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Teaching and Learning Languages: Selected Readings from Mosaic (3rd ed.).

Teaching and Learning Languages: Selected Readings from Mosaic (3rd ed.)

Anthony Mollica (Ed.)

Soleil Publishing, 2008, 609 pages

The content of Teaching and Learning Languages: Selected Readings from Mosaic (3rd ed.) derives from articles that have appeared in the first nine volumes of Mosaic: The Journal for Language Teacher. (1) Given the origins of the material in the heritage classroom, it should be no surprise that the chapters address topics that include, but also go beyond the ESL classroom. At 609 pages, this text may at first seem daunting; however, as a survey text, it is not designed to be read cover to cover.

In his preface, Mollica succinctly describes and sets out his goals for this text:
   These fifty-one practical and theoretical chapters, written by
   distinguished North American second-language scholars, are
   invaluable professional readings for both beginning and seasoned
   teachers. Our purpose with this third edition is to make Teaching
   and Learning Languages, the basic textbook for language teaching
   and learning. Of great interest to researchers are not only the
   interesting and helpful articles but also the copious
   bibliographical references at the end of each chapter. (p. x)


On a more philosophical level, the content of this text reflects Mollica's view of monolingualism "as a type of cognitive disease" versus multilingualism as a path to greater tolerance, harmony, and ultimately peace (p. 12).

As noted above, many of the contributors Cepeda, Danesi, Krashen, and Mollica, to name just a few will be familiar to experienced and novice teachers alike, and their contributions to this volume focus variously on the practical and theoretical, whether the merits of reading for pleasure or the application of "conceptual fluency theory" (p. 239). Certainly some chapters in this collection may resonate more strongly for the ESL classroom teacher than others: "Eight Approaches to Language Teaching" (Doggett), "The Good Language Learner" (Mollica and Nuessel), and "Language Anxiety and How to Manage It" (Donely) may seem to be of more immediate relevance than "Teaching French Using Mnemonic Devices" (Janc) or "French, German, Italian and Spanish Tongue Twisters in the Classroom" (Mollica). However, one of the benefits of exploring such a collection is that it presents the opportunity to extend one's reading beyond an immediate pedagogical interest and so reflect on and expand one's teaching strategies.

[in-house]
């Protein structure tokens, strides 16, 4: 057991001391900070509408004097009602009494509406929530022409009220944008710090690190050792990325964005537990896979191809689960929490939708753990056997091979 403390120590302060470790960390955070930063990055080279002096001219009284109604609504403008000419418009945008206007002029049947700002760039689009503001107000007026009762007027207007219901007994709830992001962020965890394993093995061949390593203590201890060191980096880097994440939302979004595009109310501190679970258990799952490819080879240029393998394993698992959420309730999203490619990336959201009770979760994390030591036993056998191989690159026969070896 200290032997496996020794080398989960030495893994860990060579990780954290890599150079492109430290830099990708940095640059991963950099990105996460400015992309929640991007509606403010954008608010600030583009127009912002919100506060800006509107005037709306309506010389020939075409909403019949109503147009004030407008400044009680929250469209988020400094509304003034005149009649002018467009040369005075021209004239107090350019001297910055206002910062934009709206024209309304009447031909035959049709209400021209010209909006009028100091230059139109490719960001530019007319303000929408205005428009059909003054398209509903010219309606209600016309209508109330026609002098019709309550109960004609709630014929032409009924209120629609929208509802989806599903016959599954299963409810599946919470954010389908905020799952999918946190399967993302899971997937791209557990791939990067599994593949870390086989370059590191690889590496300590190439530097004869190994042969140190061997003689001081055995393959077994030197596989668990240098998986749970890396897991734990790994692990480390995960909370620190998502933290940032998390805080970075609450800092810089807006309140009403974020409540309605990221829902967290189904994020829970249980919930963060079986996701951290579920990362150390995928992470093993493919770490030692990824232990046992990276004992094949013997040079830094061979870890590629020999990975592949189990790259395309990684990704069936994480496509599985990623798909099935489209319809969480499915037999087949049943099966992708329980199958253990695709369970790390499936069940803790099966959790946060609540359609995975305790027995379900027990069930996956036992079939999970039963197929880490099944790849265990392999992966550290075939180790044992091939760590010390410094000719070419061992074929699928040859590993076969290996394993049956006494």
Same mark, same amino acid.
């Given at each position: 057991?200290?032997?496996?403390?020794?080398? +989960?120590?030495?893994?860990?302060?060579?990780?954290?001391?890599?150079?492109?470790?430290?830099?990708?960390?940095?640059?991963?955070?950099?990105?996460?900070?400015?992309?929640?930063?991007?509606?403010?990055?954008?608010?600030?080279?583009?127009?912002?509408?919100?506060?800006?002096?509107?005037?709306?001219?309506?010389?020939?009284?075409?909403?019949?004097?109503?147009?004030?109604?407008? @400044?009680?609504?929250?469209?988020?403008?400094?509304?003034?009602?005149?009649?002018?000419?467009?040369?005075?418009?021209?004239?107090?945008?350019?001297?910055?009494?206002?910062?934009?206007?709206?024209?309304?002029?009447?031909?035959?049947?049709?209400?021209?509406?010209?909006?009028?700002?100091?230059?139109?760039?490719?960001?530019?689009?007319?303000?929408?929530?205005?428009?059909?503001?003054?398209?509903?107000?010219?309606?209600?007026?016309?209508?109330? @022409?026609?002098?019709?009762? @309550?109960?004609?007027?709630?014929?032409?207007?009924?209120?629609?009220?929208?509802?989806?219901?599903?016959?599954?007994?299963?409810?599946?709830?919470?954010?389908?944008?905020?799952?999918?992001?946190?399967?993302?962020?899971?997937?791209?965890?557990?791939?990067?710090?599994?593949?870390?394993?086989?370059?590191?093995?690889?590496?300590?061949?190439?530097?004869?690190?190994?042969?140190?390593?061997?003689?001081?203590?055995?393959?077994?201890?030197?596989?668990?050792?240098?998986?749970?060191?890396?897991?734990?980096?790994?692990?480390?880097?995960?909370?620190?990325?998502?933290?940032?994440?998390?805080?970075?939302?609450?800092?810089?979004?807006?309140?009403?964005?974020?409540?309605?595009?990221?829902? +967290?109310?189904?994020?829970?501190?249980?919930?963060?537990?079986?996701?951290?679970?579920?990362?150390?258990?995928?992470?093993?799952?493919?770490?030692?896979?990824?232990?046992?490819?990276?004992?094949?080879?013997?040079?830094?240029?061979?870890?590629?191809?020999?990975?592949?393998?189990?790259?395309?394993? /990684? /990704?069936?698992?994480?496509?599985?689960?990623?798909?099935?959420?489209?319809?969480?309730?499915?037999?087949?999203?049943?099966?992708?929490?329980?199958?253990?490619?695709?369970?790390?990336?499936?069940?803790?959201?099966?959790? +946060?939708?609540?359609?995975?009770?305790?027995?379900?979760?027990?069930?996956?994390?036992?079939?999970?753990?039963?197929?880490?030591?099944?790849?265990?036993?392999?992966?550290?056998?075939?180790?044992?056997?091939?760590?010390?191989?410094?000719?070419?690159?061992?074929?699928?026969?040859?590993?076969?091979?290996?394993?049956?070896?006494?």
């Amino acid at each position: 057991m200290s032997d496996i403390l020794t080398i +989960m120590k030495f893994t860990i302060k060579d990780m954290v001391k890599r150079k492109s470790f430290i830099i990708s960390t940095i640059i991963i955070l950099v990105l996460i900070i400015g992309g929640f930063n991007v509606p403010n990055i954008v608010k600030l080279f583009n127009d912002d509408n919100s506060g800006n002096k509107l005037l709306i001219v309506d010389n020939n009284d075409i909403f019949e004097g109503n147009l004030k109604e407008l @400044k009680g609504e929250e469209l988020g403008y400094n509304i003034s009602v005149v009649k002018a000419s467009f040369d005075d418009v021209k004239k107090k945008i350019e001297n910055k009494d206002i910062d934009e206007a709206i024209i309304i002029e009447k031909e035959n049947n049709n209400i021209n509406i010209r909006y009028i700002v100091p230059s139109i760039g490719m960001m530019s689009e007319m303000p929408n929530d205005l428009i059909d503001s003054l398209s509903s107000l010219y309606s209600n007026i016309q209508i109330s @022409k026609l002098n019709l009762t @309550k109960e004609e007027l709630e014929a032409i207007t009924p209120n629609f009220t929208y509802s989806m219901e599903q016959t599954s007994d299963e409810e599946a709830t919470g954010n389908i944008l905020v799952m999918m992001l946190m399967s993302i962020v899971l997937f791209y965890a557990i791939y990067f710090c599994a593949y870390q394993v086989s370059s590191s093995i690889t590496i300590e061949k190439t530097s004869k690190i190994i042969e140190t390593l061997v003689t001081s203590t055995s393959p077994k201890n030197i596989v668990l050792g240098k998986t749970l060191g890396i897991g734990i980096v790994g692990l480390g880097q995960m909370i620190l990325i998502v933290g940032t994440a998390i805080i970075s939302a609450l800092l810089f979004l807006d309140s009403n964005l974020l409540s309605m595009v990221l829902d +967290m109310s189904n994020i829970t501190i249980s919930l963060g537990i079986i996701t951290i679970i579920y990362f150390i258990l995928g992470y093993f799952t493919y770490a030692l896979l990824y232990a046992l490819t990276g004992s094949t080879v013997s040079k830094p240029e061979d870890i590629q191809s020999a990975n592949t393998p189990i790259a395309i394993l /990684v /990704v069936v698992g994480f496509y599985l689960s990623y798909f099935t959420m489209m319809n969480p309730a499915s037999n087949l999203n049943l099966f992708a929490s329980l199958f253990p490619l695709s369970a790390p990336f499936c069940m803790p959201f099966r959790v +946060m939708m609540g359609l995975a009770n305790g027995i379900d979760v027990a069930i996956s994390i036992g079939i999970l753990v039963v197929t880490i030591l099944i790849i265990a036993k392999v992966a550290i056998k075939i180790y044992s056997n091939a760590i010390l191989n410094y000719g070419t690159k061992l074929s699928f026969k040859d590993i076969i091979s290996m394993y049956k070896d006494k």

Although Mollica's pedagogical and philosophical goals for this text are entirely serious, I think it worth noting that one can find some unexpected and welcome humor in this text. Both "Gestures and Language: Fair and Foul in the Language Classroom" (Wilcox) and "Language Learning: The Key to Understanding and Harmony" (Mollica) offer the reader a glimpse into the potential misunderstandings that can result from inadequate translation: a sign advising customers to "drop your trousers here for best results" (p. 485) would probably give L1 English-speakers a chuckle, but could have entirely different results were an L2 learner to take it literally. Underlying this humor, however, is a serious plea by both authors not only for better translation skills, but also for teachers and learners to understand the interweaving of language and culture and the benefits that accrue from multilingualism.

In conclusion, Teaching and Learning Languages has much to offer the second-language teacher in ESL or otherwise who wishes to delve into a topic of interest or to explore new ground. The bibliographies in themselves are a valuable resource for those who wish to research a topic more deeply. Although it is not in my capacity to address whether Mollica's text has become the "basic textbook" for the language-teaching endeavor (p. x), the scope of the subject matter with its focus on both practical and theoretical issues of the second-language classroom makes this a valuable survey text.

Note

(1) Mosaic was first published in 1993 in response to the needs of heritage international language teachers for a reader-friendly publication that addressed issues pertaining to both theory and practice. This journal is still in print and is currently co-published by the Department of Language Studies at the University of Toronto Mississaugua and Editions Soleil. For further information, see http://www.soleilpublishing.com/ professional_readings/books/journals.php.

The Reviewer

Jill Given-King has a BA in English literature, an MA in education, and a TESL certificate from the University of Toronto. As an ESL teacher, she has worked with newcomers to Canada and international students.
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Author:Given-King, Jill
Publication:TESL Canada Journal
Article Type:Book review
Date:Mar 22, 2011
Words:721
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